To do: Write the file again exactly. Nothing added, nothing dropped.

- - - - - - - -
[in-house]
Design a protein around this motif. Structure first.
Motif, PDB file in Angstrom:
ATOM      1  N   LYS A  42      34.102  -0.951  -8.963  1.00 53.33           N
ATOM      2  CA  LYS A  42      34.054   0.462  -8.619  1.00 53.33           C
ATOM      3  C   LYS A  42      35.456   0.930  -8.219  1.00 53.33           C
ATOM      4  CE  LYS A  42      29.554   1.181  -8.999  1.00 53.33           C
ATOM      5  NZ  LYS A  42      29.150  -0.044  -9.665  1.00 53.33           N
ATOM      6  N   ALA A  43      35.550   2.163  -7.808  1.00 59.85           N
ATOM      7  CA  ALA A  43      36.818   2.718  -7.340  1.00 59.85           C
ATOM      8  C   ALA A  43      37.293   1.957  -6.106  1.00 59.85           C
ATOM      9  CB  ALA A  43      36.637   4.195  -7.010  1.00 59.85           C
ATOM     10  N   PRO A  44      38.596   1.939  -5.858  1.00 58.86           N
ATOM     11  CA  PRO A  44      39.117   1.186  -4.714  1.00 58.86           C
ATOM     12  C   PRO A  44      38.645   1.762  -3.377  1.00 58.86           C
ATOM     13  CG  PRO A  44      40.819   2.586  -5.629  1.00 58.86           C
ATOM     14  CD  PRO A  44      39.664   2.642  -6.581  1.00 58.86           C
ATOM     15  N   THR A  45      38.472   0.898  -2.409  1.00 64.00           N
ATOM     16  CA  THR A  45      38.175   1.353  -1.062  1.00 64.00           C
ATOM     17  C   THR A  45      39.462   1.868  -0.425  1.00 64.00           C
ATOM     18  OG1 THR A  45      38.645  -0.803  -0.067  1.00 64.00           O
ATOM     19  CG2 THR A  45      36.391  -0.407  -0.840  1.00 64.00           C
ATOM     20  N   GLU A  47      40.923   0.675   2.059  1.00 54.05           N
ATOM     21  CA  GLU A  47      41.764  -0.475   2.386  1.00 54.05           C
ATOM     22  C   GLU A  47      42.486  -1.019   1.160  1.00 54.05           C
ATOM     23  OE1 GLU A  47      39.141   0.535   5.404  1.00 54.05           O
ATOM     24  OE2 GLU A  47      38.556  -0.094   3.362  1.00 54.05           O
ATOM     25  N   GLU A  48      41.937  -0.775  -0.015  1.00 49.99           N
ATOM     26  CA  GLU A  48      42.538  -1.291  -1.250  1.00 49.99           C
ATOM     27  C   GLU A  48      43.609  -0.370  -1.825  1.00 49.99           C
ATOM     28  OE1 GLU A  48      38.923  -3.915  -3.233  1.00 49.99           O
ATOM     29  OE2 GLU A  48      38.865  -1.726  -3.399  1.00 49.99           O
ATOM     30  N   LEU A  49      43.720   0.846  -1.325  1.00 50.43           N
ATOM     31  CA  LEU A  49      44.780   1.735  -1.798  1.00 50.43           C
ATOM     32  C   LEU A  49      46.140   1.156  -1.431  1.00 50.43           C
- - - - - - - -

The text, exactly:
[in-house]
Design a protein around this motif. Structure first.
Motif, PDB file in Angstrom:
ATOM      1  N   LYS A  42      34.102  -0.951  -8.963  1.00 53.33           N
ATOM      2  CA  LYS A  42      34.054   0.462  -8.619  1.00 53.33           C
ATOM      3  C   LYS A  42      35.456   0.930  -8.219  1.00 53.33           C
ATOM      4  CE  LYS A  42      29.554   1.181  -8.999  1.00 53.33           C
ATOM      5  NZ  LYS A  42      29.150  -0.044  -9.665  1.00 53.33           N
ATOM      6  N   ALA A  43      35.550   2.163  -7.808  1.00 59.85           N
ATOM      7  CA  ALA A  43      36.818   2.718  -7.340  1.00 59.85           C
ATOM      8  C   ALA A  43      37.293   1.957  -6.106  1.00 59.85           C
ATOM      9  CB  ALA A  43      36.637   4.195  -7.010  1.00 59.85           C
ATOM     10  N   PRO A  44      38.596   1.939  -5.858  1.00 58.86           N
ATOM     11  CA  PRO A  44      39.117   1.186  -4.714  1.00 58.86           C
ATOM     12  C   PRO A  44      38.645   1.762  -3.377  1.00 58.86           C
ATOM     13  CG  PRO A  44      40.819   2.586  -5.629  1.00 58.86           C
ATOM     14  CD  PRO A  44      39.664   2.642  -6.581  1.00 58.86           C
ATOM     15  N   THR A  45      38.472   0.898  -2.409  1.00 64.00           N
ATOM     16  CA  THR A  45      38.175   1.353  -1.062  1.00 64.00           C
ATOM     17  C   THR A  45      39.462   1.868  -0.425  1.00 64.00           C
ATOM     18  OG1 THR A  45      38.645  -0.803  -0.067  1.00 64.00           O
ATOM     19  CG2 THR A  45      36.391  -0.407  -0.840  1.00 64.00           C
ATOM     20  N   GLU A  47      40.923   0.675   2.059  1.00 54.05           N
ATOM     21  CA  GLU A  47      41.764  -0.475   2.386  1.00 54.05           C
ATOM     22  C   GLU A  47      42.486  -1.019   1.160  1.00 54.05           C
ATOM     23  OE1 GLU A  47      39.141   0.535   5.404  1.00 54.05           O
ATOM     24  OE2 GLU A  47      38.556  -0.094   3.362  1.00 54.05           O
ATOM     25  N   GLU A  48      41.937  -0.775  -0.015  1.00 49.99           N
ATOM     26  CA  GLU A  48      42.538  -1.291  -1.250  1.00 49.99           C
ATOM     27  C   GLU A  48      43.609  -0.370  -1.825  1.00 49.99           C
ATOM     28  OE1 GLU A  48      38.923  -3.915  -3.233  1.00 49.99           O
ATOM     29  OE2 GLU A  48      38.865  -1.726  -3.399  1.00 49.99           O
ATOM     30  N   LEU A  49      43.720   0.846  -1.325  1.00 50.43           N
ATOM     31  CA  LEU A  49      44.780   1.735  -1.798  1.00 50.43           C
ATOM     32  C   LEU A  49      46.140   1.156  -1.431  1.00 50.43           C